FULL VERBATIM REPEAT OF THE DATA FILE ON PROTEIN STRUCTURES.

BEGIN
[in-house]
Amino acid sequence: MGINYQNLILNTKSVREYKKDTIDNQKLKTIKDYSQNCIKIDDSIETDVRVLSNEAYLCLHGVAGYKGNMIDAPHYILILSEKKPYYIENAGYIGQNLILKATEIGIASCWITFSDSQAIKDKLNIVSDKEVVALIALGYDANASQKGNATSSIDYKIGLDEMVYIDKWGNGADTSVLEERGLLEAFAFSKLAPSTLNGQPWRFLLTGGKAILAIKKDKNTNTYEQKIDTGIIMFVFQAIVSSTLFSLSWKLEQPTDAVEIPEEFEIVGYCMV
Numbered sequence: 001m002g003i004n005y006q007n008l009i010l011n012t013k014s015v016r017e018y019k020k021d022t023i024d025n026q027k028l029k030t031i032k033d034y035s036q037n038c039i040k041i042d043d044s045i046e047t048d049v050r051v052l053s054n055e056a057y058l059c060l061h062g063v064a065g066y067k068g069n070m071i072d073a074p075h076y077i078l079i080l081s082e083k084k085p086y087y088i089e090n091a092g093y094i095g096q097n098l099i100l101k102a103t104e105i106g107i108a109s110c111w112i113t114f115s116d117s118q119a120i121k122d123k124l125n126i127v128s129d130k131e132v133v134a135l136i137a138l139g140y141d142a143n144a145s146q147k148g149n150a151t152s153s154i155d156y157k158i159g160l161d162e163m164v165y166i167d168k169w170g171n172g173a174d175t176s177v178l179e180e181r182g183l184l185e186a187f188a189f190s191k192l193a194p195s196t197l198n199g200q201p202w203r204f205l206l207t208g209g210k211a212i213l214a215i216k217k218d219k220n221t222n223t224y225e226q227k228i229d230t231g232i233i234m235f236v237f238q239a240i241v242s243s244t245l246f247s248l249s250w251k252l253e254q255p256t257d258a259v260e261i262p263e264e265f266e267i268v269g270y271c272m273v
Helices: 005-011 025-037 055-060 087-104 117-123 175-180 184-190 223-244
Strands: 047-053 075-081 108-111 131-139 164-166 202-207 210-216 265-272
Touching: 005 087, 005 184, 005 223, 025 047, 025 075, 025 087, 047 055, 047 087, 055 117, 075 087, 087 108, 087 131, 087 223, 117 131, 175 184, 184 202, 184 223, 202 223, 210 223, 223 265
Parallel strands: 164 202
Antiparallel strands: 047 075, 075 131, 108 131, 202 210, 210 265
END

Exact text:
[in-house]
Amino acid sequence: MGINYQNLILNTKSVREYKKDTIDNQKLKTIKDYSQNCIKIDDSIETDVRVLSNEAYLCLHGVAGYKGNMIDAPHYILILSEKKPYYIENAGYIGQNLILKATEIGIASCWITFSDSQAIKDKLNIVSDKEVVALIALGYDANASQKGNATSSIDYKIGLDEMVYIDKWGNGADTSVLEERGLLEAFAFSKLAPSTLNGQPWRFLLTGGKAILAIKKDKNTNTYEQKIDTGIIMFVFQAIVSSTLFSLSWKLEQPTDAVEIPEEFEIVGYCMV
Numbered sequence: 001m002g003i004n005y006q007n008l009i010l011n012t013k014s015v016r017e018y019k020k021d022t023i024d025n026q027k028l029k030t031i032k033d034y035s036q037n038c039i040k041i042d043d044s045i046e047t048d049v050r051v052l053s054n055e056a057y058l059c060l061h062g063v064a065g066y067k068g069n070m071i072d073a074p075h076y077i078l079i080l081s082e083k084k085p086y087y088i089e090n091a092g093y094i095g096q097n098l099i100l101k102a103t104e105i106g107i108a109s110c111w112i113t114f115s116d117s118q119a120i121k122d123k124l125n126i127v128s129d130k131e132v133v134a135l136i137a138l139g140y141d142a143n144a145s146q147k148g149n150a151t152s153s154i155d156y157k158i159g160l161d162e163m164v165y166i167d168k169w170g171n172g173a174d175t176s177v178l179e180e181r182g183l184l185e186a187f188a189f190s191k192l193a194p195s196t197l198n199g200q201p202w203r204f205l206l207t208g209g210k211a212i213l214a215i216k217k218d219k220n221t222n223t224y225e226q227k228i229d230t231g232i233i234m235f236v237f238q239a240i241v242s243s244t245l246f247s248l249s250w251k252l253e254q255p256t257d258a259v260e261i262p263e264e265f266e267i268v269g270y271c272m273v
Helices: 005-011 025-037 055-060 087-104 117-123 175-180 184-190 223-244
Strands: 047-053 075-081 108-111 131-139 164-166 202-207 210-216 265-272
Touching: 005 087, 005 184, 005 223, 025 047, 025 075, 025 087, 047 055, 047 087, 055 117, 075 087, 087 108, 087 131, 087 223, 117 131, 175 184, 184 202, 184 223, 202 223, 210 223, 223 265
Parallel strands: 164 202
Antiparallel strands: 047 075, 075 131, 108 131, 202 210, 210 265